Text transcript: http://www.accessible.com/accessible/preLog?LinkType=SERIALSSOLUTIONS&ArticleID=ThePennsylvaniaGazette.GA1771120536.50127
This advertisement, located in the left column of a page of an issue of The Pennsylvania Gazette from December 5, 1771, is for the selling of a large expanse of land, divided into small portions, in Orange county, North Carolina.2 The advertisement takes the time to mention the quality of the land and crops that could be grown on it, especially wheat.2 It goes on to mention a budding settlement located at Cross Creek not far from the land that would be an added benefit for anyone wanting to profit or make a living off of growing crops.2 Before the establishment of this post, Orange county residents had to “carry their flour sometimes 180 miles by land,” presumably to find another place to conduct business.2 This advertisement gives insight into both what food ingredients were being produced in the area that would later become Chapel Hill during the late 1700’s and how these ingredients were spread and exchanged through trade.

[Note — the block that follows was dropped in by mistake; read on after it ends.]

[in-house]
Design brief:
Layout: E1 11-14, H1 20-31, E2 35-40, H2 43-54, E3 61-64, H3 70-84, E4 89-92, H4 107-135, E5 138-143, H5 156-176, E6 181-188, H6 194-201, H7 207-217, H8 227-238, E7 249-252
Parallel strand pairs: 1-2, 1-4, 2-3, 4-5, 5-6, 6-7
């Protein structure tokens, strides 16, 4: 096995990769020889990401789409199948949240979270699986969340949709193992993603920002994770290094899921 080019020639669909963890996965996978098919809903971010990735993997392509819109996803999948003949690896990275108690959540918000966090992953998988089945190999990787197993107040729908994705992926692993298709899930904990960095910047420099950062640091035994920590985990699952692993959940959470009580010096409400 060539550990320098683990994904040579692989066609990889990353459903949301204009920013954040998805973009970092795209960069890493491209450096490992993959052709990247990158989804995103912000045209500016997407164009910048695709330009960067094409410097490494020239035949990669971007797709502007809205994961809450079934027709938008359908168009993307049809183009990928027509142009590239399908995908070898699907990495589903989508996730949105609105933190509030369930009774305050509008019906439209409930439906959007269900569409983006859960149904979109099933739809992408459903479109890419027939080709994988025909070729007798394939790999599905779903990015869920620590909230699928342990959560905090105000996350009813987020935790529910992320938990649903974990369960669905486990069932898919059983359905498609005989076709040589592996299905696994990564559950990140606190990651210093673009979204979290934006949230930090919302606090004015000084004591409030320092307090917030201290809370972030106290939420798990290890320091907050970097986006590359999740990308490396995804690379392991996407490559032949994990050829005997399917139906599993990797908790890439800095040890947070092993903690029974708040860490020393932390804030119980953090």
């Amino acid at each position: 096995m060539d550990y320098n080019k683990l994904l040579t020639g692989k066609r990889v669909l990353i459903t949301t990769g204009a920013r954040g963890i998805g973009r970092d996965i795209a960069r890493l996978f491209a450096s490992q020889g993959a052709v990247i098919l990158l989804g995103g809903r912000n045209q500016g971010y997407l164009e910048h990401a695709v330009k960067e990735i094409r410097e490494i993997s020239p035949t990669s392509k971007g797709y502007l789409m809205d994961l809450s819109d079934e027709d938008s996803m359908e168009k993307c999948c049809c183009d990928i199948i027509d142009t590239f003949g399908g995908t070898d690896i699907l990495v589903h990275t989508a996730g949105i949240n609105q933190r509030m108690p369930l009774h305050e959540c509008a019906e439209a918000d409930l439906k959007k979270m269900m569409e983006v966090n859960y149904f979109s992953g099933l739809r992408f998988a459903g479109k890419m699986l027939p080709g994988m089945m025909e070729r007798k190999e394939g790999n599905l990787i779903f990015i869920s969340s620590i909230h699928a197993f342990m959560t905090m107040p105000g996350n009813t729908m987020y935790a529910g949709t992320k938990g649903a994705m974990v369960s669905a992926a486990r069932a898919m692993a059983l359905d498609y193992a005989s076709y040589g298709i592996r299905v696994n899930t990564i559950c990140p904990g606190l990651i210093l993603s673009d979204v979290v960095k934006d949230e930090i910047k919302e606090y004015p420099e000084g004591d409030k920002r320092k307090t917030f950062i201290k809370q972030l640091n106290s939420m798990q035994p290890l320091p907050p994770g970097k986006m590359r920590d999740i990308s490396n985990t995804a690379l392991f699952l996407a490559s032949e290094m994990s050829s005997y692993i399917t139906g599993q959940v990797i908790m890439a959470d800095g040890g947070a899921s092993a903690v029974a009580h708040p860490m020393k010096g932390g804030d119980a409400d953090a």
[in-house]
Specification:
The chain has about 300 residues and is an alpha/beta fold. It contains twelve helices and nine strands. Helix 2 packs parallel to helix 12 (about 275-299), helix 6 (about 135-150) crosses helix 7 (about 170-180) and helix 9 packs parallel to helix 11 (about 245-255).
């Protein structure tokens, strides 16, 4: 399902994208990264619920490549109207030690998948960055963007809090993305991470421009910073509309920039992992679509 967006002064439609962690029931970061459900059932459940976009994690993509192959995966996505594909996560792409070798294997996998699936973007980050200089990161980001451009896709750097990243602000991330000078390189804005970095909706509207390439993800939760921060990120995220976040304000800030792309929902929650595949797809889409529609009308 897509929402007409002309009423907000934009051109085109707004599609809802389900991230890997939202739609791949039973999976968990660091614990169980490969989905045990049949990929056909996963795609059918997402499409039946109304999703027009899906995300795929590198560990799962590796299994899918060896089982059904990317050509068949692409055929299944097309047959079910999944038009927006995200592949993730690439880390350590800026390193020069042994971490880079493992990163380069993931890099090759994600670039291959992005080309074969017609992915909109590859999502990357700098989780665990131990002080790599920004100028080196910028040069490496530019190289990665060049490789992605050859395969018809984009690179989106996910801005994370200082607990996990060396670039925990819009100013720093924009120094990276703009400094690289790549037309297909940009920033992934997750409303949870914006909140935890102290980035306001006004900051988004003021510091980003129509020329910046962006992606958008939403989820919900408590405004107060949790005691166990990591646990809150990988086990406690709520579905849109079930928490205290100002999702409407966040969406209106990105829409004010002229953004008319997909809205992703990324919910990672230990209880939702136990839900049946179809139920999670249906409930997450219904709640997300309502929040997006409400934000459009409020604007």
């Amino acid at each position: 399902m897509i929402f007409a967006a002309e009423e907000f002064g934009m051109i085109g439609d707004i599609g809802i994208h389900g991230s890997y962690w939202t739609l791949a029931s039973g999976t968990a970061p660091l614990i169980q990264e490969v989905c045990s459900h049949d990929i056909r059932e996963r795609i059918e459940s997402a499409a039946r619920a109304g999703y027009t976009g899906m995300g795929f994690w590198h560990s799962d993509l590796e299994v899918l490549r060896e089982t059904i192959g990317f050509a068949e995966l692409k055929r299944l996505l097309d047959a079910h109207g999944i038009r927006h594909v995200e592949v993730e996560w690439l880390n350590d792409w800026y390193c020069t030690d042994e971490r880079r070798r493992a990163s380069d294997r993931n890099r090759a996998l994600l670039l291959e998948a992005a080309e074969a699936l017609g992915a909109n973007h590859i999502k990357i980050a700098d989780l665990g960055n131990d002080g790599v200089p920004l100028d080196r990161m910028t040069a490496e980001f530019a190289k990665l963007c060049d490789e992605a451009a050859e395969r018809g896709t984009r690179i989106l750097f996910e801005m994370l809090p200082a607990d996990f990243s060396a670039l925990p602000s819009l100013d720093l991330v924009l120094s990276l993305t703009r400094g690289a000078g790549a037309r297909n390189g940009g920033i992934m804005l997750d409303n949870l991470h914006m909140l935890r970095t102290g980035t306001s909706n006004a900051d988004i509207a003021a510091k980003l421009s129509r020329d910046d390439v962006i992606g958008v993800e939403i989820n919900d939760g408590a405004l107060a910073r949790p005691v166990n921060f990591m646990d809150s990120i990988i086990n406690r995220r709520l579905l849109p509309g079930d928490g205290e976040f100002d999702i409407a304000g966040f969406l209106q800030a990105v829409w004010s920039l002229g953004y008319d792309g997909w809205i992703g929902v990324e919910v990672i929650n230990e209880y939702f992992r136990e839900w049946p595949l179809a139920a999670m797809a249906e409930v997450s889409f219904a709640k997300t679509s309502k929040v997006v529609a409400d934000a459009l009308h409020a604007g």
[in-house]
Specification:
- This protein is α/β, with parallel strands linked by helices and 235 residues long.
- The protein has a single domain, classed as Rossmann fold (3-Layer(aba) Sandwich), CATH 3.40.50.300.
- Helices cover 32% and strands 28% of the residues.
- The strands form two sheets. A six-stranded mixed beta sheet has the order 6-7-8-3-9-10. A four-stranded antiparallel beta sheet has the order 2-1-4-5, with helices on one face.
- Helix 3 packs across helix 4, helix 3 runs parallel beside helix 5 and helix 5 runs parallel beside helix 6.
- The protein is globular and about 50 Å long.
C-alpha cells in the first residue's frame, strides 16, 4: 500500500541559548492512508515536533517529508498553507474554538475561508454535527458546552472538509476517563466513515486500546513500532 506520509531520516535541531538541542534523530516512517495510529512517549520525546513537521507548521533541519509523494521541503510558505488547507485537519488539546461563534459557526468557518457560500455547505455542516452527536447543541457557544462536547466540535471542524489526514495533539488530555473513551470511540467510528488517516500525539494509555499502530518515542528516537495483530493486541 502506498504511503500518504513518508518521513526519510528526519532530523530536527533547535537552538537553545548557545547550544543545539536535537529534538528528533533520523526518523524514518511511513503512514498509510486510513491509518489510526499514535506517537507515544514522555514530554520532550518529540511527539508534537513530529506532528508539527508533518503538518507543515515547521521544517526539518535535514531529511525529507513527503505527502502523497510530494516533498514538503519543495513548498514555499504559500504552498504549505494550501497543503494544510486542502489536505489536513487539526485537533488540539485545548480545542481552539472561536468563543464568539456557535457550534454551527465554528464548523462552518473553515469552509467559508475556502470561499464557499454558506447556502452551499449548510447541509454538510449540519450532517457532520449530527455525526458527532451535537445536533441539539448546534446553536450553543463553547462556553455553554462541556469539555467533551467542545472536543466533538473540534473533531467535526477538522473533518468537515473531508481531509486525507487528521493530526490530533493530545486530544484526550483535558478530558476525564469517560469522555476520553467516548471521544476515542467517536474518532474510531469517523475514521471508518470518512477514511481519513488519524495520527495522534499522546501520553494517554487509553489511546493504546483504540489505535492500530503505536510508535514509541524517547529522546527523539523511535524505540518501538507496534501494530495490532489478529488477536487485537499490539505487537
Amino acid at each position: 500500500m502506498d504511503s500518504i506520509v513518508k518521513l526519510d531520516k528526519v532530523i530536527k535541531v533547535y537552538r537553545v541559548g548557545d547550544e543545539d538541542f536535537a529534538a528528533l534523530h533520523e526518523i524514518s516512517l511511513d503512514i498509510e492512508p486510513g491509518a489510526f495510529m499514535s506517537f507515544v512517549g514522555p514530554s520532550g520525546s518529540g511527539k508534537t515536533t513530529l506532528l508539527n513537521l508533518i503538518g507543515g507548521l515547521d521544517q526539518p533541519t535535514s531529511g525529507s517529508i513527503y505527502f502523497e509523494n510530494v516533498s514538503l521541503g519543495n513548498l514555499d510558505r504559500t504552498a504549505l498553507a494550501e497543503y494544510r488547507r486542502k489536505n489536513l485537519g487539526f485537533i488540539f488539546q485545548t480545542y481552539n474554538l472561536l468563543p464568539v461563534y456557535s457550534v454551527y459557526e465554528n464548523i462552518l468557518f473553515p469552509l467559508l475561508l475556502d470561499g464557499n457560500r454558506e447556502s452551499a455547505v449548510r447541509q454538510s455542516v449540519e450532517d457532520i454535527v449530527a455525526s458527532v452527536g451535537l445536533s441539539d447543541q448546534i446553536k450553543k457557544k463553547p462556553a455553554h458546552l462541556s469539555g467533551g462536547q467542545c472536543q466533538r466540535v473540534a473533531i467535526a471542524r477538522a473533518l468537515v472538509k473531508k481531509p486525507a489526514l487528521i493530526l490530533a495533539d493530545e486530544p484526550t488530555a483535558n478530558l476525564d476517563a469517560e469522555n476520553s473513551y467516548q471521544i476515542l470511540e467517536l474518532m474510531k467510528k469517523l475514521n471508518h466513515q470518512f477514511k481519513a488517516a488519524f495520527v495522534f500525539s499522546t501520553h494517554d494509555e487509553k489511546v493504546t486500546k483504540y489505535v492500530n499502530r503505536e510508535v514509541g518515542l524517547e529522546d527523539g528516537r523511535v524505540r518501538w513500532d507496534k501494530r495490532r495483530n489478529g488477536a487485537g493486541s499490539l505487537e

The advertisement highlights the land’s wheat producing ability as one of its main selling points and mentions the people of Orange county taking their flour, made from wheat, to merchant stores at Cross Creek.2 The importance of this piece stems from the fact that it appears to establish that one of the main food ingredients being grown in Orange county during the 18th century was wheat and that it was made into flour to be sold or traded at stores.2 Cross Creek, now what is known as Fayetteville, grew to become, according to James Sprunt, “a great mart of trade in North Carolina.”1 James Sprunt also said that between Fayetteville and Wilmington, “there have been for a hundred years the most cordial social and business relations.”1 Though the advertisement doesn’t mention other trading locations or what residents obtained in return for their flour, the evidence of trade hints at an exchange of food and growing food network between Orange county, the rest of North Carolina, and possibly the other colonies at the time as well.
- Sprunt, James, Chronicles of the Cape Fear river, 1660-1916 (Raleigh: Edwards & Broughton printing co., 1916), https://babel.hathitrust.org/cgi/pt?id=hvd.32044012986931;view=1up;seq=7
- “To be SOLD in Small Tracts, ABOUT 30,000 Acres of Land, in Orange.” The Pennsylvania Gazette, December 5, 1771, Accessible Archives. http://www.accessible.com/accessible/preLog?LinkType=SERIALSSOLUTIONS&ArticleID=ThePennsylvaniaGazette.GA1771120536.50127